Ukraine ‘loses’ exploding land mines as they float downstream after dam breach

Ukraine: Footage from the destruction at Kakhovka dam

Another potentially devastating consequence of the breaching of the Kakhovka dam has emerged as the Red Cross warned the flooding will make it even more difficult to locate landmines. Erik Tollefsen, head of the Red Cross’s weapon contamination unit, said prior to the destruction of the dam the organisation “knew where the hazards were”.

Speaking to AFP, he added: “Now we don’t know. All we know is that they are somewhere downstream.”

Similarly, Nataliya Humeniuk, a spokeswoman for Ukraine’s military South Command, said many anti-infantry mines located in Russian-occupied areas “have been dislodged” and have become “floating mines”.

As such, they pose even more danger than before, as she explained they are now likely to explode if they collide or hit debris.

Two days after the world woke up to the environmental and humanitarian disaster, the governor of the Kherson region where the dam is located, Oleksandr Prokudin, said around 600 square kilometres of the province are now underwater.

Some 68 per cent of the flooding is located in the left bank of the Dnipro river, which has been under Russian occupation since the early stages of the war.

Mr Prokudin added in a statement shared on Telegram that the average water level as of Thursday morning was 5.61m.

On Thursday, Ukrainian media also reported the first three confirmed deaths following the flooding.

Ukraine’s state broadcaster Suspilne said, citing the regional authority head of Kherson, as of Thursday morning “almost two thousand people have been evacuated from the flooded zone” in the Ukraine-controlled bank of the Dnipro river.

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Ukraine’s President Volodymyr Zelensky said it was impossible to predict how many people would die particularly in the Russian-held areas of Kherson, and called for “large-scale efforts” to support the rescue operations already being carried out by Ukrainian troops and volunteers.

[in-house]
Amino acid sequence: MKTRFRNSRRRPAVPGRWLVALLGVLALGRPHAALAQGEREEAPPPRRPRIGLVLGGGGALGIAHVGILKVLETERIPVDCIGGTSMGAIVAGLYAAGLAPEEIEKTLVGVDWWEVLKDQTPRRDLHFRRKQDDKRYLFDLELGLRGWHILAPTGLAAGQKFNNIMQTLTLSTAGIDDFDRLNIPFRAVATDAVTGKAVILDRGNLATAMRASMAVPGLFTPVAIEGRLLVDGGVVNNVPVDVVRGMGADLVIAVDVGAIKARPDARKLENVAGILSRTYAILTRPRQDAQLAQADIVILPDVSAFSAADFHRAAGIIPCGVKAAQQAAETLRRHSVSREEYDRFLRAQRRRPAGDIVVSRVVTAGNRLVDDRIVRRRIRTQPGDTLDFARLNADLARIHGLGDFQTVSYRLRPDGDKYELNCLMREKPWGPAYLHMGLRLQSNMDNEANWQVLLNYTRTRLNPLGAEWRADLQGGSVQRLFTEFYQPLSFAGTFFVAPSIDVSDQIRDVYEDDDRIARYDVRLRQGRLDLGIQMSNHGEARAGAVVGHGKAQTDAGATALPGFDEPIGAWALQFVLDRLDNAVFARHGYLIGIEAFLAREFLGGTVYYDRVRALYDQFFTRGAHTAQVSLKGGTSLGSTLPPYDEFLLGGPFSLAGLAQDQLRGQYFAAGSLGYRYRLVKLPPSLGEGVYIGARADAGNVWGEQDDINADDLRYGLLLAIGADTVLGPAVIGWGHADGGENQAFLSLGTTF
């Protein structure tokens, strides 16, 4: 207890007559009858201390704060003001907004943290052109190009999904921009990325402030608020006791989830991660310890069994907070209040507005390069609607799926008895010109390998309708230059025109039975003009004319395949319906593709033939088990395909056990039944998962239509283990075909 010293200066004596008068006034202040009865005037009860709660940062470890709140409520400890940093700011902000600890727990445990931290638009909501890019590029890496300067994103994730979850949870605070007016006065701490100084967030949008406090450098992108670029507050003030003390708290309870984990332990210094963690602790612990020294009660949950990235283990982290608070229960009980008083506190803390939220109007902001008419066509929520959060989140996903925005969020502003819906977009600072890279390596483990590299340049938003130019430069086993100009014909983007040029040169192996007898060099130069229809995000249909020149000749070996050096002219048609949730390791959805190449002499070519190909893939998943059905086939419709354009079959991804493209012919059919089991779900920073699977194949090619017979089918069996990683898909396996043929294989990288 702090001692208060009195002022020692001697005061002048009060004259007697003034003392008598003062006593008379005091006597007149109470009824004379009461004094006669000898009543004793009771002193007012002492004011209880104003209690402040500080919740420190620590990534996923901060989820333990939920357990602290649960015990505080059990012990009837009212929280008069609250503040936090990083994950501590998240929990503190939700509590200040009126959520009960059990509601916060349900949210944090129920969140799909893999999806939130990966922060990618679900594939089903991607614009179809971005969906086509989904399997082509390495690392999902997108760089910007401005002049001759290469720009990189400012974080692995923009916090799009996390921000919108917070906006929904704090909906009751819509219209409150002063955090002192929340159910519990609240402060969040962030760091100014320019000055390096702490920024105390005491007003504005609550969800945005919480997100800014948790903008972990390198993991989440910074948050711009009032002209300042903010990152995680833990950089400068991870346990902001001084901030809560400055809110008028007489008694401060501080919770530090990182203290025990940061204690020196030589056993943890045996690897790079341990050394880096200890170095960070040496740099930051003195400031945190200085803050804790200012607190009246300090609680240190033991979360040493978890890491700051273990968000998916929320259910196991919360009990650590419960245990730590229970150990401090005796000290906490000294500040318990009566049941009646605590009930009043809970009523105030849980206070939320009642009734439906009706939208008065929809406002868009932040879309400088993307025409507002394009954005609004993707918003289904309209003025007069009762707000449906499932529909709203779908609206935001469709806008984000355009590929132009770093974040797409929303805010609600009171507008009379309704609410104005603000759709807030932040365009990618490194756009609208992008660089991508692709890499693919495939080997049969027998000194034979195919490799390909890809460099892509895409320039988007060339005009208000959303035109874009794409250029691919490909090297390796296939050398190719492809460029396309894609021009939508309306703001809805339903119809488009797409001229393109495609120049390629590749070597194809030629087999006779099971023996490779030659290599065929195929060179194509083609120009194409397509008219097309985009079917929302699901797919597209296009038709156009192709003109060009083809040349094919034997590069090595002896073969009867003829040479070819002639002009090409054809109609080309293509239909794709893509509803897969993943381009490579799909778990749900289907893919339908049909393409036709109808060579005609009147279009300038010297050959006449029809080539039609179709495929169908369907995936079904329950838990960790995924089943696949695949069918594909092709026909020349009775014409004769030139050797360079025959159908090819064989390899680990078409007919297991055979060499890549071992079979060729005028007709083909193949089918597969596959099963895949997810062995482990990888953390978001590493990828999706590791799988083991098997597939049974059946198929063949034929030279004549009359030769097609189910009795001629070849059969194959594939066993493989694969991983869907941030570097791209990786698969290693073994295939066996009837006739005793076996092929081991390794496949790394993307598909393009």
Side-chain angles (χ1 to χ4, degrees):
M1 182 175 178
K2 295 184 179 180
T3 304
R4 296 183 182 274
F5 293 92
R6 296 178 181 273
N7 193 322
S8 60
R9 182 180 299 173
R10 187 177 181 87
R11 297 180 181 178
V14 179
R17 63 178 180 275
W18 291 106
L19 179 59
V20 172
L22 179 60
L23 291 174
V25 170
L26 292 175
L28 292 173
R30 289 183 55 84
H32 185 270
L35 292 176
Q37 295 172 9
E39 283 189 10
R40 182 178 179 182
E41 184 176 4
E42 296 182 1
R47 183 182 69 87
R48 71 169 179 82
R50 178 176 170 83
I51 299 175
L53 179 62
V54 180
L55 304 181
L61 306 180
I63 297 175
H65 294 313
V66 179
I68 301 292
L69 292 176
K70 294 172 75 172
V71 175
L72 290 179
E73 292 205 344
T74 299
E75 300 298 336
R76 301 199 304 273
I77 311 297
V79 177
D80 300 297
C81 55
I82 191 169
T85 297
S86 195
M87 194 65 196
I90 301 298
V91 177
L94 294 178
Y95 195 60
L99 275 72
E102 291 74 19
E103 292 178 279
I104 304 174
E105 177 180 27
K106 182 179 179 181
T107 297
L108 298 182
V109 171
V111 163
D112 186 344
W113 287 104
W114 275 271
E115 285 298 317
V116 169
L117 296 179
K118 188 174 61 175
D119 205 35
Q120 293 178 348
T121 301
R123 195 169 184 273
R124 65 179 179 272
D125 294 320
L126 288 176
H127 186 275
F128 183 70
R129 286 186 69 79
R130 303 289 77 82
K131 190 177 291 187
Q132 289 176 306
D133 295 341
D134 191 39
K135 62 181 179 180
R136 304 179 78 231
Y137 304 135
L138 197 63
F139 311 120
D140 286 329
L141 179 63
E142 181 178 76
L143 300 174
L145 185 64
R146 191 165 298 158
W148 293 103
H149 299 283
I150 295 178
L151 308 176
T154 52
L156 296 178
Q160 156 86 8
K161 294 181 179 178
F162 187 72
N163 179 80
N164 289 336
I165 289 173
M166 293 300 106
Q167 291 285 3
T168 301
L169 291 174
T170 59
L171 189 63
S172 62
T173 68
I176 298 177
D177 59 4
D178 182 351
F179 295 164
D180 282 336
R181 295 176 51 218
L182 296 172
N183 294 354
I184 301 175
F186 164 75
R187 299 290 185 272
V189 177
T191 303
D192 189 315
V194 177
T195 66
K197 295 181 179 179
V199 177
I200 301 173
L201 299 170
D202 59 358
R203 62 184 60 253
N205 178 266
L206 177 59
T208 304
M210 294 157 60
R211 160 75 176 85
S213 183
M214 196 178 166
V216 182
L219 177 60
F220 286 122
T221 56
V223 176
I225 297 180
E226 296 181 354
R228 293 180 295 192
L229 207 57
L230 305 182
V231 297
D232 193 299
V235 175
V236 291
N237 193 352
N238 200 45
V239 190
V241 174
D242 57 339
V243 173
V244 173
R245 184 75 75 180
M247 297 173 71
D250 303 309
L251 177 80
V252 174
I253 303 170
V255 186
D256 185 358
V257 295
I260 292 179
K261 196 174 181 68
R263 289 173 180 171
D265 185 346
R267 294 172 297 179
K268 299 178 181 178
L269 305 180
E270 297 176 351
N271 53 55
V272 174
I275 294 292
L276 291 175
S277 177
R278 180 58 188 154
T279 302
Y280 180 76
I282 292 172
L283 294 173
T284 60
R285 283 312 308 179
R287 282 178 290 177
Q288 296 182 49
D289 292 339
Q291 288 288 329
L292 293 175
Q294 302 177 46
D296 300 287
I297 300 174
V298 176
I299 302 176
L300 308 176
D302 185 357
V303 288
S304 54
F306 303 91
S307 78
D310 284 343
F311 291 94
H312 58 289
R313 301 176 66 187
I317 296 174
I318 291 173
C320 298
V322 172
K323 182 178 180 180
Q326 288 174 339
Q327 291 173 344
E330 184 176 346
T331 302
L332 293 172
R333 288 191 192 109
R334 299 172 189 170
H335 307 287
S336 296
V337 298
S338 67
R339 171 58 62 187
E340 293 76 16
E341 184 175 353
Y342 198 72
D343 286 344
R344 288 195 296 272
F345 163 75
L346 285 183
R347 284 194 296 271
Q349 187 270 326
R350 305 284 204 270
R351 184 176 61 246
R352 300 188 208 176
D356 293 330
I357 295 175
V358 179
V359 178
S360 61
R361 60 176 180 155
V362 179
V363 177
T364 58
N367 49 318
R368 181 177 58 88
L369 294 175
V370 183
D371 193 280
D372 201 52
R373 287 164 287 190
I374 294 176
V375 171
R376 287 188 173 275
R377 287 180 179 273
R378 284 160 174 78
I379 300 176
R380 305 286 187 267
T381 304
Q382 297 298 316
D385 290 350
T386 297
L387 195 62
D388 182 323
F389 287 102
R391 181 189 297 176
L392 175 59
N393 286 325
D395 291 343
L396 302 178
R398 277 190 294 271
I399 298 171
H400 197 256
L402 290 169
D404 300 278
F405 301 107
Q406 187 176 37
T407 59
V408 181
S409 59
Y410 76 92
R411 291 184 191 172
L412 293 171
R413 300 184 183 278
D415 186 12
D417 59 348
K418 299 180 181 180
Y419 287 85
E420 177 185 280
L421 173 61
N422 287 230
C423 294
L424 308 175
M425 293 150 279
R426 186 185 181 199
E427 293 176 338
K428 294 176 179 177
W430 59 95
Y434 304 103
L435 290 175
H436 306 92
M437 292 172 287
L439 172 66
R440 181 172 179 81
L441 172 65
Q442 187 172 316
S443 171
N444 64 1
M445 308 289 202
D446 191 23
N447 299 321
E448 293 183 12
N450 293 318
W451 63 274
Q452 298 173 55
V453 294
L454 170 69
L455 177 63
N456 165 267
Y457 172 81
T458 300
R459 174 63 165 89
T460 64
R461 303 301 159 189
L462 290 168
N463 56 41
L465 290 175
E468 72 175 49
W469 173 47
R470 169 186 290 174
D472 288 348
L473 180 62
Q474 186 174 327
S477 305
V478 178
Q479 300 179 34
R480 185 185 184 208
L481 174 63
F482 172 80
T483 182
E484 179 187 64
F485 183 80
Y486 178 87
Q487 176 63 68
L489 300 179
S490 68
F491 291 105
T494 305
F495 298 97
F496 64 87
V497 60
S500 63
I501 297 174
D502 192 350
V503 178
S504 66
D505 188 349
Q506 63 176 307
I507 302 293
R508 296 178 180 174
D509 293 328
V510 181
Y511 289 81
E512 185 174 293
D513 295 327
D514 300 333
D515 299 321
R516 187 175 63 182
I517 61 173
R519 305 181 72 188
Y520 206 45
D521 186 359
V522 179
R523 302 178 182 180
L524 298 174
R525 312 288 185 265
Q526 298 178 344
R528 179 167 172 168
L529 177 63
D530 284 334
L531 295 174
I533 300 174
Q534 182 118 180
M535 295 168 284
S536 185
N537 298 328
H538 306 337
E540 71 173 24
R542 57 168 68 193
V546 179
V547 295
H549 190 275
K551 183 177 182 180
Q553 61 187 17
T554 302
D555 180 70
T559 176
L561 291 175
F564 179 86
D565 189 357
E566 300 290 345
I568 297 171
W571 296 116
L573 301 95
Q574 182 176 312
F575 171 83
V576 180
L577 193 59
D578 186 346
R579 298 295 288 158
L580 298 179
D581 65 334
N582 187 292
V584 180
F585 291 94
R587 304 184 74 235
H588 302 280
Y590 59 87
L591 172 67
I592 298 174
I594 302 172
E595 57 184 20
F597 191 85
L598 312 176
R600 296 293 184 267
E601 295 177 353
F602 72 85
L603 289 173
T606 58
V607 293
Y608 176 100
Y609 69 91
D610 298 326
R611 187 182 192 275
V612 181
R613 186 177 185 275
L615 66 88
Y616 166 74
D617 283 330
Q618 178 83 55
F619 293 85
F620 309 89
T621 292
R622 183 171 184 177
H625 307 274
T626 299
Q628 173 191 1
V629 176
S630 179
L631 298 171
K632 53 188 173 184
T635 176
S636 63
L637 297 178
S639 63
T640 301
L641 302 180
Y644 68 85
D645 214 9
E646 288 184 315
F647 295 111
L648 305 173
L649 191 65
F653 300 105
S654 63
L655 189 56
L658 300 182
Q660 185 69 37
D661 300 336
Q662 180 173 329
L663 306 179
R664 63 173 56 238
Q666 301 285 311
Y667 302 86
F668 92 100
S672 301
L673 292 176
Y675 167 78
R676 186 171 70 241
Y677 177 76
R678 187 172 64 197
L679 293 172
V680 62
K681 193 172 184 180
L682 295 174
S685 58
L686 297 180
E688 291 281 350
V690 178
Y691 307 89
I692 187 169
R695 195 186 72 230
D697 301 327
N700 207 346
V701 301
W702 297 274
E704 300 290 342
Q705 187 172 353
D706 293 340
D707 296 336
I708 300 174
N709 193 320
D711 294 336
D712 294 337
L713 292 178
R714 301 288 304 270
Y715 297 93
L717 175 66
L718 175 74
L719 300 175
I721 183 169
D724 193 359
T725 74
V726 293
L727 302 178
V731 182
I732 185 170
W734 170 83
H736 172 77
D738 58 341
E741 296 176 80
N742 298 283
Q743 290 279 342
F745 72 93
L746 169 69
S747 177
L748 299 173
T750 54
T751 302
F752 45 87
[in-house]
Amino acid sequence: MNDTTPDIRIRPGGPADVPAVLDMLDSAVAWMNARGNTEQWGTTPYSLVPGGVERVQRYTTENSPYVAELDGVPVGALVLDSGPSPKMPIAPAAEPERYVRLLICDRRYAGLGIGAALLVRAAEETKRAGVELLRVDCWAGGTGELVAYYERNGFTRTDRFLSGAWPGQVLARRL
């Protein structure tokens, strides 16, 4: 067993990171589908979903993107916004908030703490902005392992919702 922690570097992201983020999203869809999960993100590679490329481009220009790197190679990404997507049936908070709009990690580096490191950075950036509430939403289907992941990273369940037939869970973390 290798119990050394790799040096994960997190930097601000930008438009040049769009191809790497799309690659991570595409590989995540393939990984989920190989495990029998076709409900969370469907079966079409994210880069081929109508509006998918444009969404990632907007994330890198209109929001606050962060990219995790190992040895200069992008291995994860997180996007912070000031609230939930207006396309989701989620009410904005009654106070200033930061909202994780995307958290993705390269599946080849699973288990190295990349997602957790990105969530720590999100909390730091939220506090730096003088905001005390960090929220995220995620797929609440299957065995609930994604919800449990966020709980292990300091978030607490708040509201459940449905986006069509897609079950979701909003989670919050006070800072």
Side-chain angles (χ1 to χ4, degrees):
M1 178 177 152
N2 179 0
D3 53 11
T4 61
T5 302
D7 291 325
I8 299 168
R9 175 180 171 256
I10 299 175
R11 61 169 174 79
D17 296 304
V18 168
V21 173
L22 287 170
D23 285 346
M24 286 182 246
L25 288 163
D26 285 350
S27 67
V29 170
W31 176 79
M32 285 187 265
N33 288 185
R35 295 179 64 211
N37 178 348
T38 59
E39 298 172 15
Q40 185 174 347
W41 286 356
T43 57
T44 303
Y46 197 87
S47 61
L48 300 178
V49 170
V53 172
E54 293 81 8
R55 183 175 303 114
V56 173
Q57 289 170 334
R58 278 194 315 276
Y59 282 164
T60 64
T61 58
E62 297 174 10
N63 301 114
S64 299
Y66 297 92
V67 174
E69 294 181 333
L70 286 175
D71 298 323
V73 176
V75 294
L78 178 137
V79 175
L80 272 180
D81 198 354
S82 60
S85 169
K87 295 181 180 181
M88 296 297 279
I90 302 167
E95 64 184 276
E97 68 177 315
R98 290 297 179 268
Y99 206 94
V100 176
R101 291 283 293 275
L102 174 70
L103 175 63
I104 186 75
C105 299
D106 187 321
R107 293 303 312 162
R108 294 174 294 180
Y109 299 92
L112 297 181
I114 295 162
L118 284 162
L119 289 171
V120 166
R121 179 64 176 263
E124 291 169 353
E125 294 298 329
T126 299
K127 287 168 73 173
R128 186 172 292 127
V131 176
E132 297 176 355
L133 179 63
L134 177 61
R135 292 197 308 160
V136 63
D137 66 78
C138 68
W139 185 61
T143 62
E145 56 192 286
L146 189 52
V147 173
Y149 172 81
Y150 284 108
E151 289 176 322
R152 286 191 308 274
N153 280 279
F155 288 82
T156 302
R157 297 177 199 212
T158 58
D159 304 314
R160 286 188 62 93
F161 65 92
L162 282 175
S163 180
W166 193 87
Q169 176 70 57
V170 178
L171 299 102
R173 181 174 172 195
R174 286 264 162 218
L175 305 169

The Russian state-owned news agency Tass reported nearly 4,300 people were evacuated from the occupied Kherson region.

The media outlet claimed: “Over 14,000 houses were flooded after the breakthrough of the Kakhovskaya hydroelectric power station, and almost 4,300 people were evacuated, emergency services report.”

Alongside the devastating loss of livelihoods, property and life, the breached dam is also causing the displacement and death of animals.

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The loss of the reservoir could create the desertification of the area previously relying on it for watering crops and fields.

One major concern is also linked to the Zaporizhzhia nuclear plant, as it needs a constant water supply for cooling the plant’s reactors.

The International Atomic Energy Agency has announced that it will strengthen its presence at the plant.

Its director general Rafael Grossi said in an update on Wednesday: “The possible loss of the plant’s main source of cooling water further complicates an already extremely difficult and challenging nuclear safety and security situation.”

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